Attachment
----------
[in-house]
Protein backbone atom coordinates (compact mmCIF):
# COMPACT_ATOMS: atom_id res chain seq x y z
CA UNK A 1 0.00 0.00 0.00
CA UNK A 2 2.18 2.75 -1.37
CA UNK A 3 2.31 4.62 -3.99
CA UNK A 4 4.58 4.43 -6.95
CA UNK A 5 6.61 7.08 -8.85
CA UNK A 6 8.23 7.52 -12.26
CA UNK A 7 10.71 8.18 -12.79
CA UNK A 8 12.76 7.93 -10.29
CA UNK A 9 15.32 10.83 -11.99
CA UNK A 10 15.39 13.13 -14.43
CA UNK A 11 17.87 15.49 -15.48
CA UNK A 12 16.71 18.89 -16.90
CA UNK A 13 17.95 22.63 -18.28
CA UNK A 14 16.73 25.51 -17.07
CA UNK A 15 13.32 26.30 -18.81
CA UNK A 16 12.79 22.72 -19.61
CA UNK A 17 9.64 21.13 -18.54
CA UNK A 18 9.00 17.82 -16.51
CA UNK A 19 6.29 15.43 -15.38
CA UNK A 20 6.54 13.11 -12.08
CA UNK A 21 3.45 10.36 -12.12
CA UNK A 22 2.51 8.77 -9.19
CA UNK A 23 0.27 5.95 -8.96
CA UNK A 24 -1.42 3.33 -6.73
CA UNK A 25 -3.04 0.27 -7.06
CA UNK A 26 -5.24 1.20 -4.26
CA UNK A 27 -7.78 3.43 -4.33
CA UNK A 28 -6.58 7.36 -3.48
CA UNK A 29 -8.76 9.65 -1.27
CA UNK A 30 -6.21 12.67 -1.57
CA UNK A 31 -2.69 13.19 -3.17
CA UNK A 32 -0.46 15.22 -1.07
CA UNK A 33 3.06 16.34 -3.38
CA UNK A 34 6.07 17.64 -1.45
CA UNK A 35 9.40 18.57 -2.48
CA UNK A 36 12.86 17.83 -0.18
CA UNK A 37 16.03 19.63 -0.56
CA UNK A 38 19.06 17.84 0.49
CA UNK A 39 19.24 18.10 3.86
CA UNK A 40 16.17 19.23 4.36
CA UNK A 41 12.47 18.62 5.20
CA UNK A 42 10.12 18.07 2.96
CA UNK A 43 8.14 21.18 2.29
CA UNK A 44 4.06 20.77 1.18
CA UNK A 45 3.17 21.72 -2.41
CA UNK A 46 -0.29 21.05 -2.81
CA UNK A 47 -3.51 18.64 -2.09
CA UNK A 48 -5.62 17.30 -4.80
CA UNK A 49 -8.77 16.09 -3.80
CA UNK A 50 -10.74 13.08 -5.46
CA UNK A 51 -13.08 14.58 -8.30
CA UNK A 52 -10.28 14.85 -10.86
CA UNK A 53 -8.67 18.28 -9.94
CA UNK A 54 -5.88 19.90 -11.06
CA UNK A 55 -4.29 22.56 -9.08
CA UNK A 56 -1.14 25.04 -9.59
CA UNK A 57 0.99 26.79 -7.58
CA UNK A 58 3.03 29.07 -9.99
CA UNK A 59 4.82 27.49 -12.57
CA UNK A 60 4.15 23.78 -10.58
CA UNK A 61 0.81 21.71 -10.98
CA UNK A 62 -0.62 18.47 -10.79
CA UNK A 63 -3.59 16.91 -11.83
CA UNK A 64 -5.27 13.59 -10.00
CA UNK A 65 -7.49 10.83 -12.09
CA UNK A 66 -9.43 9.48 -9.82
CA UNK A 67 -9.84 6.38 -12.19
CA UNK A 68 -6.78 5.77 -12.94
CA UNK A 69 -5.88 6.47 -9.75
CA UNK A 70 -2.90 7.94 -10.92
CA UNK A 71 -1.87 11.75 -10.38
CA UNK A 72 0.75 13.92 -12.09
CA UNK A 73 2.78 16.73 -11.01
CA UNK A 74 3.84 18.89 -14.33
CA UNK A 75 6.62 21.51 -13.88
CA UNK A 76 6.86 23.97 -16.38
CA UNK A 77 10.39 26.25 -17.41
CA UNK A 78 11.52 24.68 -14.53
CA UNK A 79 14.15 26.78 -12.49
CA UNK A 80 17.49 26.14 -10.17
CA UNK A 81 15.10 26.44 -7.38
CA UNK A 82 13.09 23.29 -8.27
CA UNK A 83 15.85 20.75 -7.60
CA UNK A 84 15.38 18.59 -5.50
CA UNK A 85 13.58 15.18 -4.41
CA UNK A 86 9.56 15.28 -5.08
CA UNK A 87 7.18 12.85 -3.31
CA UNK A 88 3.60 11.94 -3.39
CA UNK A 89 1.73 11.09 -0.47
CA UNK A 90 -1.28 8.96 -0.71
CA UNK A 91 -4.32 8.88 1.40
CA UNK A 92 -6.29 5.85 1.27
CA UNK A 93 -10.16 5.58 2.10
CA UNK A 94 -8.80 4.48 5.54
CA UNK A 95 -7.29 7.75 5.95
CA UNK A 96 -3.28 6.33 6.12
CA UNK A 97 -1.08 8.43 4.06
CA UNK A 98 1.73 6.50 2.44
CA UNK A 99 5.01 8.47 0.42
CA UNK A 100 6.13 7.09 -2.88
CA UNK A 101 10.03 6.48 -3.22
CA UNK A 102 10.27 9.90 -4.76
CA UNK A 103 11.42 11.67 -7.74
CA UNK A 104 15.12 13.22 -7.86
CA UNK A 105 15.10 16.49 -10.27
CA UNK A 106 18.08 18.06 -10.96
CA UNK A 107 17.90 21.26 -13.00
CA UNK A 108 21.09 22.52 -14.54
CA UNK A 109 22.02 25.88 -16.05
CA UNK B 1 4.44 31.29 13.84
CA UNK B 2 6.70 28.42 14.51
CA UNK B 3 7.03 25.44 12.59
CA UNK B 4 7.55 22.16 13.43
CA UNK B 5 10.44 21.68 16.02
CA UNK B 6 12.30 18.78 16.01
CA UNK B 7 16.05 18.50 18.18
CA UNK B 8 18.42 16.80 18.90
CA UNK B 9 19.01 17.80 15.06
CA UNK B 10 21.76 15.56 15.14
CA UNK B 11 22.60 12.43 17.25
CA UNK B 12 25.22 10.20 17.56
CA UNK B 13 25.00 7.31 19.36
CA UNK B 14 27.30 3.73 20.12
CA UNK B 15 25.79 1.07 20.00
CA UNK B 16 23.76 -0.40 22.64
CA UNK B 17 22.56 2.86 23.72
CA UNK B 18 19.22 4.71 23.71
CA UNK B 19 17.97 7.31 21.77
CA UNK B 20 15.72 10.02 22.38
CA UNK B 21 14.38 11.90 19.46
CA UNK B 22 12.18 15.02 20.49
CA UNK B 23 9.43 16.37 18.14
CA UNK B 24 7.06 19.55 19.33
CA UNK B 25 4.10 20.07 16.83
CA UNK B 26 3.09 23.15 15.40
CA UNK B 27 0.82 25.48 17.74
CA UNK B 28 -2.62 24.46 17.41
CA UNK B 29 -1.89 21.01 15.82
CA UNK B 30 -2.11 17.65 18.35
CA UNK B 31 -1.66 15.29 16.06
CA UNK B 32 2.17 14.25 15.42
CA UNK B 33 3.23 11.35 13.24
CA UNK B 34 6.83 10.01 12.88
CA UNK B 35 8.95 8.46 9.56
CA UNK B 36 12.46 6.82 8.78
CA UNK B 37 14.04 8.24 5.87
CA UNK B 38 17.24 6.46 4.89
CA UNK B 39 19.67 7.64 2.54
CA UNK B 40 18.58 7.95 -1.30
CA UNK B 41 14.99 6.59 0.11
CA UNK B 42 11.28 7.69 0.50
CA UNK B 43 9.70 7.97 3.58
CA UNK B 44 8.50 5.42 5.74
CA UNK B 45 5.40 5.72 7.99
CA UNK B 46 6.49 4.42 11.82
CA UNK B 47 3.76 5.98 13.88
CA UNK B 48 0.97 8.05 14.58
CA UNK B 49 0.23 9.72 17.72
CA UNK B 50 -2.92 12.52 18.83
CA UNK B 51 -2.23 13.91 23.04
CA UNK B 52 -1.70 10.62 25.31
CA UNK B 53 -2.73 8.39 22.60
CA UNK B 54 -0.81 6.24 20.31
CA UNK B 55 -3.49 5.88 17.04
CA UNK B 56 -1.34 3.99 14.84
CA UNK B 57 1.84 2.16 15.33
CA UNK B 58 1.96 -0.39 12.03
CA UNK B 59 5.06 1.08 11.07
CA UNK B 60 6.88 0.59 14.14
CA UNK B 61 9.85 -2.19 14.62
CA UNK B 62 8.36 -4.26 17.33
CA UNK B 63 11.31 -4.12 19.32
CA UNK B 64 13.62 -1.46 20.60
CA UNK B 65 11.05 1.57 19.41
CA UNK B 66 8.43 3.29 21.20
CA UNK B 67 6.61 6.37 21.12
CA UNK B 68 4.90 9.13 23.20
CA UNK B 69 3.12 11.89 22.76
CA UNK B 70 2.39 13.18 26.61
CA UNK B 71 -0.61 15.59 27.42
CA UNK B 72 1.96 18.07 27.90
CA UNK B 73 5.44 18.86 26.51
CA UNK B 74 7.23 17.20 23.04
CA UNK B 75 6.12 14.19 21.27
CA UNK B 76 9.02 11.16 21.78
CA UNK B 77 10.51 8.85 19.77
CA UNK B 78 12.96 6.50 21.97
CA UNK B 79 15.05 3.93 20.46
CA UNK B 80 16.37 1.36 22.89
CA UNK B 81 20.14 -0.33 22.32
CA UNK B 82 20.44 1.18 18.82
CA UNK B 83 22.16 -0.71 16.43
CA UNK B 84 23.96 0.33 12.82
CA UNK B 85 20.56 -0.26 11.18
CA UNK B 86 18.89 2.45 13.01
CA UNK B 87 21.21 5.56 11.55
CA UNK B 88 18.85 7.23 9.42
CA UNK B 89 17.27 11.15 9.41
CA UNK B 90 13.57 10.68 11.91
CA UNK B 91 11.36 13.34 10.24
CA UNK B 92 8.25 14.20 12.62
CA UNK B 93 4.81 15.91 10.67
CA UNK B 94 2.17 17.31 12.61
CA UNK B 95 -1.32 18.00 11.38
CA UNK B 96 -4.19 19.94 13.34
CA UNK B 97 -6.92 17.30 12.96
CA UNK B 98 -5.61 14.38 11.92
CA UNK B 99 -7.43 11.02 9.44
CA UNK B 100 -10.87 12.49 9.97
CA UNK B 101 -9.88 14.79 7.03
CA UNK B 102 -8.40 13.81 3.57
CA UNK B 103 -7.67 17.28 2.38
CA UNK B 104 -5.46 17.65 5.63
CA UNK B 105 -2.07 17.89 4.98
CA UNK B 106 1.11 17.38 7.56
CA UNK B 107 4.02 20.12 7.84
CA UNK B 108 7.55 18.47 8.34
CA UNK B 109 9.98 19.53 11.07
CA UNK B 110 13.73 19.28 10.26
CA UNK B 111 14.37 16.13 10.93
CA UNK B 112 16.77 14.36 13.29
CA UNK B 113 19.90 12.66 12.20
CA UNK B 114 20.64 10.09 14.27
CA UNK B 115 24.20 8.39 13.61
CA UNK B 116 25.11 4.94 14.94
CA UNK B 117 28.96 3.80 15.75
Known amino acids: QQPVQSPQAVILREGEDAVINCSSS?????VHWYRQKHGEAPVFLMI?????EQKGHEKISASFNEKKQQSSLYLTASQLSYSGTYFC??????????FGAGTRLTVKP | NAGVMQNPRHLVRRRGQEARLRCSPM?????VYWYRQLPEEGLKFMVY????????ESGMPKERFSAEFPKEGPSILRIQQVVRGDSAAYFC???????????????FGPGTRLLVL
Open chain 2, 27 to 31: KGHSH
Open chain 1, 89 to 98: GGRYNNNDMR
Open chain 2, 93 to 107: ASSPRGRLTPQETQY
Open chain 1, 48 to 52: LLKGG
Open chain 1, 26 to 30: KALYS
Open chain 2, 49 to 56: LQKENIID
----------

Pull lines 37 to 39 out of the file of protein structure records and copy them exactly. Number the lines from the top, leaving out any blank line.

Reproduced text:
CA UNK A 34 6.07 17.64 -1.45
CA UNK A 35 9.40 18.57 -2.48
CA UNK A 36 12.86 17.83 -0.18